What’s better than live music? Free live music, in the springtime, in Dallas. We’re not keeping a very accurate count, but here are a bunch of free shows in North Texas this spring. Surely there are more than a dozen.
The Deep Ellum Arts Festival — in, of course, Deep Ellum — is a street party and bazaar focused on art and various knick-knacks, but it also has a pretty full lineup of music for its three days, from April 1-3. You’ll find a full schedule here. We’d steer you, specifically, toward electro pop artist Dezi 5, the alternative rock act Northern National, the bluesy Charley Crockett, the polka-rific Brave Combo, and country singer Melissa Ratley.
Earth Day Texas, a free three-day event at Fair Park the weekend of April 22, is concerned with eco-friendly initiatives and sustainable practices aimed at keeping this world of ours in relatively OK shape. The live music is just a bonus. Performers include Kinky Friedman, The O’s, and Telegraph Canyon.
The Denton Arts and Jazz Festival returns to Quaktertown Park the weekend of April 29. With three professional stages hosting renowned acts like UNT’s Grammy-winning One O’Clock Lab Band and pianist Patrice Rushen, jazz aficionados will be in heaven on Earth. But there’s a little something for everyone, including country fans (The Flatlanders) and polka lovers (Brave Combo). We haven’t even mentioned the up-and-coming amateur performers on the three other stages, or the titular “arts.” Peruse this year’s schedule and see what moves you.
Local bands, including the Stevie Ray Vaughan tribute Texas Flood, get to shine at the Cottonwood Art Festival.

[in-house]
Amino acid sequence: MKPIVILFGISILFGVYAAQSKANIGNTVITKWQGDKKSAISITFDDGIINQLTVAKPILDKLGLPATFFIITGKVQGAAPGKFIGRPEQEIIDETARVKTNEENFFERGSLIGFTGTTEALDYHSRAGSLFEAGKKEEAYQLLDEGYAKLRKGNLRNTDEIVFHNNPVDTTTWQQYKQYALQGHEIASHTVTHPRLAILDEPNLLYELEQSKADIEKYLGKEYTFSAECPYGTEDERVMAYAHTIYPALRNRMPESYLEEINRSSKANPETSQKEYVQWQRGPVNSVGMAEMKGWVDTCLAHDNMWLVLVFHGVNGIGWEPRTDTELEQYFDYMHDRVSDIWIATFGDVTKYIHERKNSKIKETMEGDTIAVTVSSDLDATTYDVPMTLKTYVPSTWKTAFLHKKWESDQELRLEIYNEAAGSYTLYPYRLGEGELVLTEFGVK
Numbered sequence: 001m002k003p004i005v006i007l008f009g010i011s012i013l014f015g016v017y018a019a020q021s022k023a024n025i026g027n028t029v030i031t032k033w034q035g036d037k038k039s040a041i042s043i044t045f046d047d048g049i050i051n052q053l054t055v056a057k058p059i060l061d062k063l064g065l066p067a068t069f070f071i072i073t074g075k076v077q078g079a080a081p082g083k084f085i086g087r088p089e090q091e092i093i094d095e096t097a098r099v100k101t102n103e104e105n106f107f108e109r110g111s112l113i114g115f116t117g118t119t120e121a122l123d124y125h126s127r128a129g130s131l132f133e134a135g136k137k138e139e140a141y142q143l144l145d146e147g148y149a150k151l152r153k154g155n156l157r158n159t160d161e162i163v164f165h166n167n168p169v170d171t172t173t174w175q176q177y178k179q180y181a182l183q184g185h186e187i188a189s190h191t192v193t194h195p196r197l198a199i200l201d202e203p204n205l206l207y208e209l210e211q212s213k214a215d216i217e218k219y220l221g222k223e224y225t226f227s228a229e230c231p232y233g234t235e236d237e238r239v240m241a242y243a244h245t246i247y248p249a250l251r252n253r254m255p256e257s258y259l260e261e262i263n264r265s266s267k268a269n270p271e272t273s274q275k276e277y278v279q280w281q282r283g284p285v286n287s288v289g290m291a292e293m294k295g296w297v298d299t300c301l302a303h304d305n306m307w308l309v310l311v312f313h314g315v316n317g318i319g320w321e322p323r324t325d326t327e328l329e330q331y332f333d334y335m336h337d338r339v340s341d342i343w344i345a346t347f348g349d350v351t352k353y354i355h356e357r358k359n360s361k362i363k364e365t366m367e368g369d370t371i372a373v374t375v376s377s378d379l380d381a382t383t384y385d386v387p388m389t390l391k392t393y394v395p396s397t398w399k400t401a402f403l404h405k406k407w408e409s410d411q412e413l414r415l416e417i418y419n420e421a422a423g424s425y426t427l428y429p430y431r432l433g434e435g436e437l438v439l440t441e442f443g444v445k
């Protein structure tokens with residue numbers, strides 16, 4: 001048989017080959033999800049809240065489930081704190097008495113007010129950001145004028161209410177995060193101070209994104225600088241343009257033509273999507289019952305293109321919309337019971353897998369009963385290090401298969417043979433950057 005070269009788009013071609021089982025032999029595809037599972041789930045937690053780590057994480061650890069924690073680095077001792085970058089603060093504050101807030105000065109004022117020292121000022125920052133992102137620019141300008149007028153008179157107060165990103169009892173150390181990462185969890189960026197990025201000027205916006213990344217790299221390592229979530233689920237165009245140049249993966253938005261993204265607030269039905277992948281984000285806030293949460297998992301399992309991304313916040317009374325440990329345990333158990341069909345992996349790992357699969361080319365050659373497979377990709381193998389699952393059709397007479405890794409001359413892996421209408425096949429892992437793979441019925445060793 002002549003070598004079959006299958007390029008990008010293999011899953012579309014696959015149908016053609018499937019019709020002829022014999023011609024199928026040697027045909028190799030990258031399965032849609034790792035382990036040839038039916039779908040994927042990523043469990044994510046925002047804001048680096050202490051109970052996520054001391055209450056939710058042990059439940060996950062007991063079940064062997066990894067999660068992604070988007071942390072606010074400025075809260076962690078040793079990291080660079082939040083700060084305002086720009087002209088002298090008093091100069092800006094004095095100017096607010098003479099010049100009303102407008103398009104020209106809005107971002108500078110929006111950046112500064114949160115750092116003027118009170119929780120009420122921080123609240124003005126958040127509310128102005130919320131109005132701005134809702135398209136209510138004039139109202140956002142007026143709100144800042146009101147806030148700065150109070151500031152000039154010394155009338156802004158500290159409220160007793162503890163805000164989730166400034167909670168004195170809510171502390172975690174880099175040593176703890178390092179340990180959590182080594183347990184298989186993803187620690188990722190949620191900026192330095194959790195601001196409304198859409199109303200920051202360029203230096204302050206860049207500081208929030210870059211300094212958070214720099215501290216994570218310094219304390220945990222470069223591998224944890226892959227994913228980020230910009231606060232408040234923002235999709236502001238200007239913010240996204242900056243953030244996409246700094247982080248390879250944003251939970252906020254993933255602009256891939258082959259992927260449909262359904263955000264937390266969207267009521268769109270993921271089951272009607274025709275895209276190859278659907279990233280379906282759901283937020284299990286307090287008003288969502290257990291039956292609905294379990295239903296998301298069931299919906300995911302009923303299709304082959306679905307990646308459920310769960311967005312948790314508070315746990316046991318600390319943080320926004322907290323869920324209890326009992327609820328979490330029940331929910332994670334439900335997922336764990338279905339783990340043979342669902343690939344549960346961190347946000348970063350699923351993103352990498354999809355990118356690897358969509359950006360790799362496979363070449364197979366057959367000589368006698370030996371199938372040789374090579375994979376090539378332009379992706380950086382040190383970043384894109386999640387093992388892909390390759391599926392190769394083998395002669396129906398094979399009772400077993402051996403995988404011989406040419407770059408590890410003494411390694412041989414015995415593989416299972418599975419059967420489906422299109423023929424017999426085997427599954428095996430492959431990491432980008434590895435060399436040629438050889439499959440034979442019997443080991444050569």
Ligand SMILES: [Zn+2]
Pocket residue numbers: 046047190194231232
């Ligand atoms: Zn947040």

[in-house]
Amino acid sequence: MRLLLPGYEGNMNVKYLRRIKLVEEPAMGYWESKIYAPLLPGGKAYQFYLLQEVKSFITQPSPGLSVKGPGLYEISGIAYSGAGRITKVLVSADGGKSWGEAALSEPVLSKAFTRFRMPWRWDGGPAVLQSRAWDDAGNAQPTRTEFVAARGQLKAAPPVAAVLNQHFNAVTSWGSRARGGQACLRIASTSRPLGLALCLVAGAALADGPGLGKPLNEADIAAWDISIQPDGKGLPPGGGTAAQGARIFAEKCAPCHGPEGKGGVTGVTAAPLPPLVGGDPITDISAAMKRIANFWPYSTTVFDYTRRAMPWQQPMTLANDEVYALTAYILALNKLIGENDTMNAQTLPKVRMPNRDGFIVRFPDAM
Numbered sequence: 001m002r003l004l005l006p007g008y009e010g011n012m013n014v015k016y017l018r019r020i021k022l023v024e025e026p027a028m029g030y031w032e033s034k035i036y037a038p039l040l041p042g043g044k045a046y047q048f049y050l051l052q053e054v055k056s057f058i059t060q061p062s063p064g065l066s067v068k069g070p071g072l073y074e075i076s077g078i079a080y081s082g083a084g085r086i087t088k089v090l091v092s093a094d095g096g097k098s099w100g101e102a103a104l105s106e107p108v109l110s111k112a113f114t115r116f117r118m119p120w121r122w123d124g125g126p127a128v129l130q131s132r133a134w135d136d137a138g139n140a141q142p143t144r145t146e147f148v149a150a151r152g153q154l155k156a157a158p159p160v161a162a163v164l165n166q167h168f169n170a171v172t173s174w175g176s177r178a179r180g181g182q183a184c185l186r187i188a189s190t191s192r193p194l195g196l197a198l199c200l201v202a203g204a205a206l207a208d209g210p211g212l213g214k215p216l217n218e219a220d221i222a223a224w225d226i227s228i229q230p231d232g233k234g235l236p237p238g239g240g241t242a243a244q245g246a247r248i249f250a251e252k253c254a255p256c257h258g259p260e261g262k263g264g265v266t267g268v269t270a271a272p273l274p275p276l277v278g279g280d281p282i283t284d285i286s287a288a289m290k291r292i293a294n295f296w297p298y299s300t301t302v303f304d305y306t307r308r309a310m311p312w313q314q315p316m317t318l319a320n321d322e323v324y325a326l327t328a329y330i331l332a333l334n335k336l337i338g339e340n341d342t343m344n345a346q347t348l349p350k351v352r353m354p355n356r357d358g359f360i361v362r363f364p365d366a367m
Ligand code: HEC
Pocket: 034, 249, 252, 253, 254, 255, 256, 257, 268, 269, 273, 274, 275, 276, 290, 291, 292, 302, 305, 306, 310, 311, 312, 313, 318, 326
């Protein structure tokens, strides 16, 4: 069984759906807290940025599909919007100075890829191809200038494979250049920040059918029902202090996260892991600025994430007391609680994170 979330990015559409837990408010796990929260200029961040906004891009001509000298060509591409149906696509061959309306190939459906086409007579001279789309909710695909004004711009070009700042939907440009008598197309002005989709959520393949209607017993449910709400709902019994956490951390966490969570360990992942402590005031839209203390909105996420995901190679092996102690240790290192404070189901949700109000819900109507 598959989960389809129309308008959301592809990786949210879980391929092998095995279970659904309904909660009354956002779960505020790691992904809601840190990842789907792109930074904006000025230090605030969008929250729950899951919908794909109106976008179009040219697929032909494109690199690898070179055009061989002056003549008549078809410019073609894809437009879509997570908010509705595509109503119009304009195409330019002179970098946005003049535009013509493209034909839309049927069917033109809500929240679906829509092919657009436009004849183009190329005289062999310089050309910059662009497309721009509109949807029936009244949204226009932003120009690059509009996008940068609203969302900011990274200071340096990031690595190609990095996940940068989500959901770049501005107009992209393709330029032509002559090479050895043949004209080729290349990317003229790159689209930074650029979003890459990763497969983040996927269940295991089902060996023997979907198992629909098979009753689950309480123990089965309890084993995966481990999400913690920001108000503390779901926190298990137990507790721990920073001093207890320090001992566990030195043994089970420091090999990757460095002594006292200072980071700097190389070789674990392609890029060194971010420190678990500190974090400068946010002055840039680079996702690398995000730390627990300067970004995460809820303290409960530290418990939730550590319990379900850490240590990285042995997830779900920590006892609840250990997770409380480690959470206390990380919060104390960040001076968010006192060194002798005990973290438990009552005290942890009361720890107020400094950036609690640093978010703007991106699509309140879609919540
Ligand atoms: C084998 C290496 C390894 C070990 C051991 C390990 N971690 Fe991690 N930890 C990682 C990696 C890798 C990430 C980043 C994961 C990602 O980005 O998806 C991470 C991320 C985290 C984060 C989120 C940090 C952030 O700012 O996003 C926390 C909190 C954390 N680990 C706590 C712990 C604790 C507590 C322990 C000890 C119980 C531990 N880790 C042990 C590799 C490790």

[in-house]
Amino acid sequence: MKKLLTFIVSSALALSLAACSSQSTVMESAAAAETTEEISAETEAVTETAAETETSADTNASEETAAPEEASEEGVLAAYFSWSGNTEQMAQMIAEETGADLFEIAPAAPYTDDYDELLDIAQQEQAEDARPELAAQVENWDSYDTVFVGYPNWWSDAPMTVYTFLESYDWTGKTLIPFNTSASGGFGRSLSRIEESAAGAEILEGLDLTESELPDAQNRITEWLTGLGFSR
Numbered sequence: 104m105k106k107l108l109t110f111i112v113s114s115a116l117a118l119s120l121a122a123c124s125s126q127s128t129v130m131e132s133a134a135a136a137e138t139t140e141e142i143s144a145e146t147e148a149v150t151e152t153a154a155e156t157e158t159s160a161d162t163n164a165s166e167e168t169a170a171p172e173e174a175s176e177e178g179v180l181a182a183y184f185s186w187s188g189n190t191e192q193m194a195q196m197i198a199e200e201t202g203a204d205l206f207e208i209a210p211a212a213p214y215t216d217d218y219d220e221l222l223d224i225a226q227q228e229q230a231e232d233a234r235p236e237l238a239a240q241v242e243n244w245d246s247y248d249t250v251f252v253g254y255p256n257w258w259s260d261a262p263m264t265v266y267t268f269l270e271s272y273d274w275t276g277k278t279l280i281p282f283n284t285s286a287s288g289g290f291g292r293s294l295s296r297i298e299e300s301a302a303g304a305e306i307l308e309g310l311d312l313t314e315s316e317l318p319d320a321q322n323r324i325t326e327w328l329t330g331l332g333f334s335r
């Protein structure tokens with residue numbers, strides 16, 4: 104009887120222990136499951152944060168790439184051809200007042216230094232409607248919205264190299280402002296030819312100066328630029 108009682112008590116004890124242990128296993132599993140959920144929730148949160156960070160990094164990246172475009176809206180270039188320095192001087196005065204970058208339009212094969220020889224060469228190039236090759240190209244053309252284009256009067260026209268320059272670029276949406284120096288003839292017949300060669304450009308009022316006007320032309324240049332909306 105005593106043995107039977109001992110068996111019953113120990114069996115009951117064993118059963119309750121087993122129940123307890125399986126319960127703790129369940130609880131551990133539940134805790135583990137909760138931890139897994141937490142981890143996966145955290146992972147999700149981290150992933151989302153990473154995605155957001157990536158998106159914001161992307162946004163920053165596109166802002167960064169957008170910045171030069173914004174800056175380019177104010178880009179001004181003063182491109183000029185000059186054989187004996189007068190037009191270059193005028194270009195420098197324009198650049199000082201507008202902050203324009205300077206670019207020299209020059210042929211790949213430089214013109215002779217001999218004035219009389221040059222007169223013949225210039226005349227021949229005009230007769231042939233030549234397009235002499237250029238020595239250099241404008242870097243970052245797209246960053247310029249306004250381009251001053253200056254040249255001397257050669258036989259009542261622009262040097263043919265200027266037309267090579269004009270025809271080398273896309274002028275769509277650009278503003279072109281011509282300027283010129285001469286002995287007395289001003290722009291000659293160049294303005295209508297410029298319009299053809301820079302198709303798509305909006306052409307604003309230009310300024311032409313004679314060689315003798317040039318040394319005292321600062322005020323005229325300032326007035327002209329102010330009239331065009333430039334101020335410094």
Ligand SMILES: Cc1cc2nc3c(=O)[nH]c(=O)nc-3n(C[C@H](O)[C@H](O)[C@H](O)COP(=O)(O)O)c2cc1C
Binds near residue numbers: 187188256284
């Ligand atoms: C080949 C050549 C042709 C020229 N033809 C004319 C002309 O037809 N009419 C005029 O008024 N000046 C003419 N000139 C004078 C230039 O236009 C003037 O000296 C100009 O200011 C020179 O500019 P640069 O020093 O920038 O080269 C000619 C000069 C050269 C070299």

Arlington’s Levitt Pavilion kicks off its spring and summer of free concerts under the stars May 27 with a killer double-header. Pleasant Grove and the Polyphonic Spree are beloved local acts that are well-suited to ring in a busy season at the open air amphitheater. Bring snacks and, if you’re so inclined and don’t mind using aluminum or plastic containers, some adult beverages, to make a nighttime picnic out of it. Arlington has Dallas’ sports teams, its amusement parks, and in Levitt Pavilion, its best and most extensive free concert series. You can expect to see more than 50 shows on this calendar.
The second Soluna Festival will feature a number of notable performances — classical music, dance, theater, the visual arts, and more will all get their shine, often at once. For our purposes, it will also include two free shows of note. The Dallas Symphony Orchestra, as it has traditionally done, will play a program of patriotic music on May 29, in honor of Memorial Day. The Our Heroes show is at Klyde Warren Park. On May 31 and June 1, conductor Karina Callenakis will lead a “community-wide staging” of Noah’s Flood, Benjamin Britten’s one-act opera about the Biblical tale, at the Cathedral Shrine of the Virgin of Guadalupe.
Have we hit a dozen free concerts yet? The Foundry in West Dallas still has the best free music programming of any patio watering hole in the city. Those should take us there.